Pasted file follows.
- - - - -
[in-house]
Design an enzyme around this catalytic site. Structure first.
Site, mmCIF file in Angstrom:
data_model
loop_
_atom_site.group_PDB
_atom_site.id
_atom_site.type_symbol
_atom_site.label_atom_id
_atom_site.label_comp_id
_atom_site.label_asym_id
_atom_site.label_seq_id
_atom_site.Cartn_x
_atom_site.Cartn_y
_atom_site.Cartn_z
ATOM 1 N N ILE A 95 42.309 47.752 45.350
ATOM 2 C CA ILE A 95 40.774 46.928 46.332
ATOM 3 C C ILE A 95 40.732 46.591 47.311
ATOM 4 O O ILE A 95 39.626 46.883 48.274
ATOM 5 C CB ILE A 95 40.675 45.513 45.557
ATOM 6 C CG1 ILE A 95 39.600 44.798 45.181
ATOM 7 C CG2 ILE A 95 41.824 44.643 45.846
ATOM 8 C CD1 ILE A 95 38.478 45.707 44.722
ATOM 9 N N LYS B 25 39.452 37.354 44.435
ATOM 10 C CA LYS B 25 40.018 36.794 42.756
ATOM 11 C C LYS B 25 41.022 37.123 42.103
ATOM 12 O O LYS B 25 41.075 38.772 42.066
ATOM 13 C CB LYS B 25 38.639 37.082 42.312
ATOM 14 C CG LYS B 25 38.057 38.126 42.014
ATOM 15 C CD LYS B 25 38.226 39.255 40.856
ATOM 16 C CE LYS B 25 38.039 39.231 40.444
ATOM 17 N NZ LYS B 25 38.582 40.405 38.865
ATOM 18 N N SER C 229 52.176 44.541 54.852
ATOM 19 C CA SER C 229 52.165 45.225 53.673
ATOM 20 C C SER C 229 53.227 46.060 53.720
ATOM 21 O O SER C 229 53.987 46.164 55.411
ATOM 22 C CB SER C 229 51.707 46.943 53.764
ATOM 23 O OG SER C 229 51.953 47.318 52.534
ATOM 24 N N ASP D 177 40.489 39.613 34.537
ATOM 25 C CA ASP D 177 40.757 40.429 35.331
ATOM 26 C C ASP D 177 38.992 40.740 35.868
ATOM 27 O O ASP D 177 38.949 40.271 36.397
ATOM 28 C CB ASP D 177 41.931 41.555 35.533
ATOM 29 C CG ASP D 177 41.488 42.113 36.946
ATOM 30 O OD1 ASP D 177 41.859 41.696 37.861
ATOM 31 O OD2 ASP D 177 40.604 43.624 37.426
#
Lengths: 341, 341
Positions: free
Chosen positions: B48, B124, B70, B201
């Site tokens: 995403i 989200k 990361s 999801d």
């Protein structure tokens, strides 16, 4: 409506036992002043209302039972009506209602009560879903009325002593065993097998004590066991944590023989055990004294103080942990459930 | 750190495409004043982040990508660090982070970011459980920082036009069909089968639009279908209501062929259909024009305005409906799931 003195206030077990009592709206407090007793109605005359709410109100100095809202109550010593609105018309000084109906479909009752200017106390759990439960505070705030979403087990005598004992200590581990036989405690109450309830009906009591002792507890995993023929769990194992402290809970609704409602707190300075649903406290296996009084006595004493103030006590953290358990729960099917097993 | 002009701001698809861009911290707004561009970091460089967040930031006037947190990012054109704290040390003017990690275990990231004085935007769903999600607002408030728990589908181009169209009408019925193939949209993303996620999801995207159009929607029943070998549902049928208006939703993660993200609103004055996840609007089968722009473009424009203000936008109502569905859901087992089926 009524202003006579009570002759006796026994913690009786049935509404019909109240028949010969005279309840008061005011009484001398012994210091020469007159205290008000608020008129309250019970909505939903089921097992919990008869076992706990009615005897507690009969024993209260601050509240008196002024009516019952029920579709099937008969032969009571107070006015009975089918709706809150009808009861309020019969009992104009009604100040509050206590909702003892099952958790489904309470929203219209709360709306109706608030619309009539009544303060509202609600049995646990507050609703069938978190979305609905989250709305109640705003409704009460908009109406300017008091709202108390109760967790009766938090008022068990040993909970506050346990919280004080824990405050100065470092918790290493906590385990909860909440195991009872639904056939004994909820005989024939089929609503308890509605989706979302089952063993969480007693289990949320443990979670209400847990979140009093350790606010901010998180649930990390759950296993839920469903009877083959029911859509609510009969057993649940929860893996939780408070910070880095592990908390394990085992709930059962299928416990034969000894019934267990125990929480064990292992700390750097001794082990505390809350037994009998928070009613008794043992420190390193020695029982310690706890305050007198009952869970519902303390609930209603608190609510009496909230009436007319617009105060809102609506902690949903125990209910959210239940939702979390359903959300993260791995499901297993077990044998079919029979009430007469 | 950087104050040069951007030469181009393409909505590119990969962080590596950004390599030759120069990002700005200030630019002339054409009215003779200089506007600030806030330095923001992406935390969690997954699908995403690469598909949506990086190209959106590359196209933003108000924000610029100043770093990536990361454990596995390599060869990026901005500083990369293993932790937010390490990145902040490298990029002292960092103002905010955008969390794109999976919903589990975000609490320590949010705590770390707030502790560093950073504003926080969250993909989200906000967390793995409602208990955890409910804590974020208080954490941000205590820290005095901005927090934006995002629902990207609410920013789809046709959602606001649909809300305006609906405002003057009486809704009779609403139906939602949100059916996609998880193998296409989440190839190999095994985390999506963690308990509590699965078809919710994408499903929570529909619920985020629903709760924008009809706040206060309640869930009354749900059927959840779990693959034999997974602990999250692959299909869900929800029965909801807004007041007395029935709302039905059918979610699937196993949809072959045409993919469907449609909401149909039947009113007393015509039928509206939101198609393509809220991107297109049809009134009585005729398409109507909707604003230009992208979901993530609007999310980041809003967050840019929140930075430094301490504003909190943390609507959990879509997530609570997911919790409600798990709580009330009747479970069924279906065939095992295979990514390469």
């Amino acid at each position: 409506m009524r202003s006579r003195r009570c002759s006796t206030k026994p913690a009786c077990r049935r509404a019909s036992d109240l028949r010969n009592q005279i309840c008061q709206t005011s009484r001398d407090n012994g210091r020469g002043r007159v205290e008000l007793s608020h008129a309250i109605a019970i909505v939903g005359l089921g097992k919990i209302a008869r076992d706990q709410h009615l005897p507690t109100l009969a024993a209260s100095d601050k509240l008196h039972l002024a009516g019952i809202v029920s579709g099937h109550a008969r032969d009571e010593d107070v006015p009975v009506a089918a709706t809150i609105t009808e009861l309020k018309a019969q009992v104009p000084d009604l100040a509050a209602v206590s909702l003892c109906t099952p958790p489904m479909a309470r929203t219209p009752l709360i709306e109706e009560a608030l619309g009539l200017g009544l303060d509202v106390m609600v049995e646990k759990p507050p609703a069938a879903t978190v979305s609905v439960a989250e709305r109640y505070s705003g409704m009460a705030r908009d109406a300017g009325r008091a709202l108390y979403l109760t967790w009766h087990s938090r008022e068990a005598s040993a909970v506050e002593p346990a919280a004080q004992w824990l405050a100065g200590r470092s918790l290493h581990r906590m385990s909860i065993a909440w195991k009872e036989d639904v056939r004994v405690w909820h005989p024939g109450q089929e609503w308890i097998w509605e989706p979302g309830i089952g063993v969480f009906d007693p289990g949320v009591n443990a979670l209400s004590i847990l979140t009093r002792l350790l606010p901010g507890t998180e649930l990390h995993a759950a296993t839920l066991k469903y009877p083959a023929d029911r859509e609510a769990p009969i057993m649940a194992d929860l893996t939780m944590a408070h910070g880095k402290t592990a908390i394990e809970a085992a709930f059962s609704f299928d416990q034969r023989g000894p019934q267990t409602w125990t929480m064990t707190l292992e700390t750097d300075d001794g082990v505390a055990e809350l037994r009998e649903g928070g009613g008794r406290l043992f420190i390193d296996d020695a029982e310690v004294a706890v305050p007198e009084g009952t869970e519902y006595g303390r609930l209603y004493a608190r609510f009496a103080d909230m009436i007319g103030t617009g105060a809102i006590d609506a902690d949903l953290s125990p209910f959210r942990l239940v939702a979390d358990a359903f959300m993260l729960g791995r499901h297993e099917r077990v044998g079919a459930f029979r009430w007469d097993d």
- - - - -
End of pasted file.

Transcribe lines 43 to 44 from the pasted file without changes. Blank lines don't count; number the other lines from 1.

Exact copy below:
ATOM 28 C CB ASP D 177 41.931 41.555 35.533
ATOM 29 C CG ASP D 177 41.488 42.113 36.946